- Limited Direct Sales. We believe that an issuer should be able to sell S-Tokens directly to platform users, regardless of whether those users are accredited investors, if:
- the number of tokens sold are reasonable in relation to the number of tokens needed to engage in commercial transactions on the platform;
- the issuer imposes restrictions reasonably designed to prevent the same purchaser from purchasing so many tokens that it is likely that the tokens are being purchased for investment, rather than commercial purposes;
- the issuer receives a representation from the purchaser that she intends to use the tokens for commercial purposes on the platform, and if possible (although often this is not possible) codes the tokens so that their first use must be for a commercial transaction on the platform;
- the price at which the issuer sells the tokens is reasonable in light of the market value of the tokens; and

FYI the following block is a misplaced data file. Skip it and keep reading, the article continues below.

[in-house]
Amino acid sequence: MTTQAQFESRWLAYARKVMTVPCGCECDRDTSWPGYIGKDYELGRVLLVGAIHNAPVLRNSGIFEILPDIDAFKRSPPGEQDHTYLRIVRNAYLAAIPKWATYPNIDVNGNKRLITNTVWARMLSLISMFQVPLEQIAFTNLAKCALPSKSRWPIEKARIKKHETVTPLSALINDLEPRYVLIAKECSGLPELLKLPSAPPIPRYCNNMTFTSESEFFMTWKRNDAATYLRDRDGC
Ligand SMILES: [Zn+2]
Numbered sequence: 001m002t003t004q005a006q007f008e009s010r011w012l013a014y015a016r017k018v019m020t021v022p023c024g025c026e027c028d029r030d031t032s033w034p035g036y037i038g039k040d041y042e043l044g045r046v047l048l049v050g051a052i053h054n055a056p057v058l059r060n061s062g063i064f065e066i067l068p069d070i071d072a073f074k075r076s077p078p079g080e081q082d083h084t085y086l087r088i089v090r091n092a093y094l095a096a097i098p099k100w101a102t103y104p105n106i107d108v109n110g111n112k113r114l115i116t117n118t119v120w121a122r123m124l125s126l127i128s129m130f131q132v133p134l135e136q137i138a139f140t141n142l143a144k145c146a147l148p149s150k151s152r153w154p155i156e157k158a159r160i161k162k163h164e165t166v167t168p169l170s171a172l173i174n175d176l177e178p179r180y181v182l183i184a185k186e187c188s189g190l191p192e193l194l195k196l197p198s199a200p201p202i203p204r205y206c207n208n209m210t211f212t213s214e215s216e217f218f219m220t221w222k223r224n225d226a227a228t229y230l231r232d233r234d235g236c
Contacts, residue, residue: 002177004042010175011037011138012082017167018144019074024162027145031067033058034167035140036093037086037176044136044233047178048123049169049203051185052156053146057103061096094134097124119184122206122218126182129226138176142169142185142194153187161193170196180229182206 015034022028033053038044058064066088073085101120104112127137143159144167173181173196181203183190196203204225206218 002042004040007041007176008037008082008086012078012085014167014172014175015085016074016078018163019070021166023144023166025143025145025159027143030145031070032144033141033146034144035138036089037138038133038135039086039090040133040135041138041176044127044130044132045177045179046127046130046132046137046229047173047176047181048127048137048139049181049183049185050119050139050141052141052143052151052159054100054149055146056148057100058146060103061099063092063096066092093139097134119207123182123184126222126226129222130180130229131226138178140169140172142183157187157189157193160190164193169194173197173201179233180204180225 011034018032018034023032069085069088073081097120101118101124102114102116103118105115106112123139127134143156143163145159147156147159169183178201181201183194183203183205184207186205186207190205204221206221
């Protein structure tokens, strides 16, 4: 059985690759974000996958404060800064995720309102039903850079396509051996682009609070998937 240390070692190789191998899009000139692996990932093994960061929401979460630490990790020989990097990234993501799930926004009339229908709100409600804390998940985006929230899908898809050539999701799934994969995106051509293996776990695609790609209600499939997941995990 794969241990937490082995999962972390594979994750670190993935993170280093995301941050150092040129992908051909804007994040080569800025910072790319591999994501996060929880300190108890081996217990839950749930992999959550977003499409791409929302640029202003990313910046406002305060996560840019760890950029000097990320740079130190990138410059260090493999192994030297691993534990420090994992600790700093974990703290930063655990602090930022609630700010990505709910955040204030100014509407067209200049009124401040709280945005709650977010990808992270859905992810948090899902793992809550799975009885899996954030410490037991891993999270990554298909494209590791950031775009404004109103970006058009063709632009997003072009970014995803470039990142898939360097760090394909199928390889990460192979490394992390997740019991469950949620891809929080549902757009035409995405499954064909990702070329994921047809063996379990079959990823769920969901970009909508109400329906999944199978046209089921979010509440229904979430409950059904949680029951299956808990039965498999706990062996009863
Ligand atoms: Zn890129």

- the issuer discloses to the purchaser that the direct sale of tokens, and the use of the tokens on the platform, are commercial transactions that are not subject to the protections of the federal securities laws.7
- Sales to Employees (Rule 701). A company can sell or award its S-Tokens (or SAFTs for S-Tokens) to its employees, directors, and bona fide advisors and consultants, pursuant to a written compensatory benefit plan (the plan must be for compensatory purposes, and not for capital-raising purposes, and must meet several other requirements as well).8 We believe that employees and others who purchase or receive S-Tokens pursuant to such a plan, regardless of whether they are accredited investors, should be able to use those S-Tokens to engage in a bona fide commercial transaction over a platform, although again the SEC and the courts have not yet addressed this issue.